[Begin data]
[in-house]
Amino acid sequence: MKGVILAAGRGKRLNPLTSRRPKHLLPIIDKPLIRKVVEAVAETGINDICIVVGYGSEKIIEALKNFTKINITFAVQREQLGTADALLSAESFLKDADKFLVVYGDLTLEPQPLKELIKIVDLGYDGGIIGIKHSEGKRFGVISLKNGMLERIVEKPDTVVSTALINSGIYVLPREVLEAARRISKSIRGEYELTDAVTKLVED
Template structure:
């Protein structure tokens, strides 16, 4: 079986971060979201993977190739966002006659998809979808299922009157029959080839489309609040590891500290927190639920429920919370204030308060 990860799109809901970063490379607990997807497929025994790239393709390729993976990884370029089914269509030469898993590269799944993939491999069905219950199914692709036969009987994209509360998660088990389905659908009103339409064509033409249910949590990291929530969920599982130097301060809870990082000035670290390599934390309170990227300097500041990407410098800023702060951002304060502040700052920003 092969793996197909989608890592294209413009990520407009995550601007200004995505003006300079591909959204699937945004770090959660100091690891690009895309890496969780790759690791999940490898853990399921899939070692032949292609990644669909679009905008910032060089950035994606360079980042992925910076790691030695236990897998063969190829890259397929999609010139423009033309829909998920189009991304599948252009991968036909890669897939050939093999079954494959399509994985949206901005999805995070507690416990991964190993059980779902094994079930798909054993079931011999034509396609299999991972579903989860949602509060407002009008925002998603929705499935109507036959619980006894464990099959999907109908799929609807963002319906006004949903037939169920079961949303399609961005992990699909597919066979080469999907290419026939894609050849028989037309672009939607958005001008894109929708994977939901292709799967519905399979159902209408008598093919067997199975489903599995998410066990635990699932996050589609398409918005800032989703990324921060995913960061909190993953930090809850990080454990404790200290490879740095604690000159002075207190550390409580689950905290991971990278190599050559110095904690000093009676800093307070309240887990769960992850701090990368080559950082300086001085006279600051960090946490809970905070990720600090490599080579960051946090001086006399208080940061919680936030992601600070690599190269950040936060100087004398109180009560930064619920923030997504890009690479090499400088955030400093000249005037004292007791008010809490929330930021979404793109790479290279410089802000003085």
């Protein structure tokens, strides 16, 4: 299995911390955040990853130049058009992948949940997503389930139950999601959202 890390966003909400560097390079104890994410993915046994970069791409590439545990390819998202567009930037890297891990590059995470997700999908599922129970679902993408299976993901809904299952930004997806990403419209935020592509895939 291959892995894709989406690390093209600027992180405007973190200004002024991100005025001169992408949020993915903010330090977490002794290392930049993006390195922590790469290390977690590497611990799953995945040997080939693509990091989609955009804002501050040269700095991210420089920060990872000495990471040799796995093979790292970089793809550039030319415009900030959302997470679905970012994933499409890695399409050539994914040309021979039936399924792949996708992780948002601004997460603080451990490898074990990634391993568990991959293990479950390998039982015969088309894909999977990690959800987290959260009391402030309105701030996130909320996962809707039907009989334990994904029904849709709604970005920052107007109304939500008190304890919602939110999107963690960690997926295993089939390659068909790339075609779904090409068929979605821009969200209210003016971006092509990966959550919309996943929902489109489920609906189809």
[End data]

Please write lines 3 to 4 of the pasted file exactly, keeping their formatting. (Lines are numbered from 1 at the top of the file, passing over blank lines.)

Template structure:
């Protein structure tokens, strides 16, 4: 079986971060979201993977190739966002006659998809979808299922009157029959080839489309609040590891500290927190639920429920919370204030308060 990860799109809901970063490379607990997807497929025994790239393709390729993976990884370029089914269509030469898993590269799944993939491999069905219950199914692709036969009987994209509360998660088990389905659908009103339409064509033409249910949590990291929530969920599982130097301060809870990082000035670290390599934390309170990227300097500041990407410098800023702060951002304060502040700052920003 092969793996197909989608890592294209413009990520407009995550601007200004995505003006300079591909959204699937945004770090959660100091690891690009895309890496969780790759690791999940490898853990399921899939070692032949292609990644669909679009905008910032060089950035994606360079980042992925910076790691030695236990897998063969190829890259397929999609010139423009033309829909998920189009991304599948252009991968036909890669897939050939093999079954494959399509994985949206901005999805995070507690416990991964190993059980779902094994079930798909054993079931011999034509396609299999991972579903989860949602509060407002009008925002998603929705499935109507036959619980006894464990099959999907109908799929609807963002319906006004949903037939169920079961949303399609961005992990699909597919066979080469999907290419026939894609050849028989037309672009939607958005001008894109929708994977939901292709799967519905399979159902209408008598093919067997199975489903599995998410066990635990699932996050589609398409918005800032989703990324921060995913960061909190993953930090809850990080454990404790200290490879740095604690000159002075207190550390409580689950905290991971990278190599050559110095904690000093009676800093307070309240887990769960992850701090990368080559950082300086001085006279600051960090946490809970905070990720600090490599080579960051946090001086006399208080940061919680936030992601600070690599190269950040936060100087004398109180009560930064619920923030997504890009690479090499400088955030400093000249005037004292007791008010809490929330930021979404793109790479290279410089802000003085």